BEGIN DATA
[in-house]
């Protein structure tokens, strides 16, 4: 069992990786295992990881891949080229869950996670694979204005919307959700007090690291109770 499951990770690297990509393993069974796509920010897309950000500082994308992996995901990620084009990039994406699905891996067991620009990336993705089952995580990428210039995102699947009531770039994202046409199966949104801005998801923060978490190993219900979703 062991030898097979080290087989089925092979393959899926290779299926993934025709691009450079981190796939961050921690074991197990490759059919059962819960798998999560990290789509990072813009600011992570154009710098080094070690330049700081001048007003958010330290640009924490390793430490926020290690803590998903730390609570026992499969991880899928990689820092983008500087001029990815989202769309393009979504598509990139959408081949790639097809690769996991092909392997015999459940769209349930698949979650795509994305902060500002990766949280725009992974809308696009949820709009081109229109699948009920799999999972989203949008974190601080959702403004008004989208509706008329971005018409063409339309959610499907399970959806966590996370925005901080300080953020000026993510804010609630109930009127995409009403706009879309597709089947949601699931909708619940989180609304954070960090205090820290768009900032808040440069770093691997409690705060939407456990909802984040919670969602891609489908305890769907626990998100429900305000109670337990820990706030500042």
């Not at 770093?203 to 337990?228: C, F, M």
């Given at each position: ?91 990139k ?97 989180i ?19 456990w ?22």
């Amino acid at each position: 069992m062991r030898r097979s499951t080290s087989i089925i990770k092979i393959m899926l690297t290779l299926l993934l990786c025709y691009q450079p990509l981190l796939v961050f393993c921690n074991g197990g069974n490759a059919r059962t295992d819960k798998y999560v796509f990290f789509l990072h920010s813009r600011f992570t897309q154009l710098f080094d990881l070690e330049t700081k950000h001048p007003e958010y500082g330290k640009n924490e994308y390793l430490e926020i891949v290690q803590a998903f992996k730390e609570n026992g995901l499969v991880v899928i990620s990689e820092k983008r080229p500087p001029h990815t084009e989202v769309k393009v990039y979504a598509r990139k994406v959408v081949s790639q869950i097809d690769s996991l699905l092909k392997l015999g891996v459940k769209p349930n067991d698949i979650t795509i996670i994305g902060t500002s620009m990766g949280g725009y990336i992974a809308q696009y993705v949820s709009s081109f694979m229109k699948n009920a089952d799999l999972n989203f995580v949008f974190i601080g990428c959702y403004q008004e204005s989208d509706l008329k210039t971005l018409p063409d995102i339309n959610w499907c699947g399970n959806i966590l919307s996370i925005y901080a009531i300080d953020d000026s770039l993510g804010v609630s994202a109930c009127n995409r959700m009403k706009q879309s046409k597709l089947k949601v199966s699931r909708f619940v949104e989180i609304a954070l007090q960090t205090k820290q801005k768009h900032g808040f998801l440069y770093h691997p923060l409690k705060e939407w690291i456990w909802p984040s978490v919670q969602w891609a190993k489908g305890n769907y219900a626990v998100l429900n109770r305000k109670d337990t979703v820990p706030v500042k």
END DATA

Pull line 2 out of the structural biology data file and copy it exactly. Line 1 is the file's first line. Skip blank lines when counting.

């Protein structure tokens, strides 16, 4: 069992990786295992990881891949080229869950996670694979204005919307959700007090690291109770 499951990770690297990509393993069974796509920010897309950000500082994308992996995901990620084009990039994406699905891996067991620009990336993705089952995580990428210039995102699947009531770039994202046409199966949104801005998801923060978490190993219900979703 062991030898097979080290087989089925092979393959899926290779299926993934025709691009450079981190796939961050921690074991197990490759059919059962819960798998999560990290789509990072813009600011992570154009710098080094070690330049700081001048007003958010330290640009924490390793430490926020290690803590998903730390609570026992499969991880899928990689820092983008500087001029990815989202769309393009979504598509990139959408081949790639097809690769996991092909392997015999459940769209349930698949979650795509994305902060500002990766949280725009992974809308696009949820709009081109229109699948009920799999999972989203949008974190601080959702403004008004989208509706008329971005018409063409339309959610499907399970959806966590996370925005901080300080953020000026993510804010609630109930009127995409009403706009879309597709089947949601699931909708619940989180609304954070960090205090820290768009900032808040440069770093691997409690705060939407456990909802984040919670969602891609489908305890769907626990998100429900305000109670337990820990706030500042």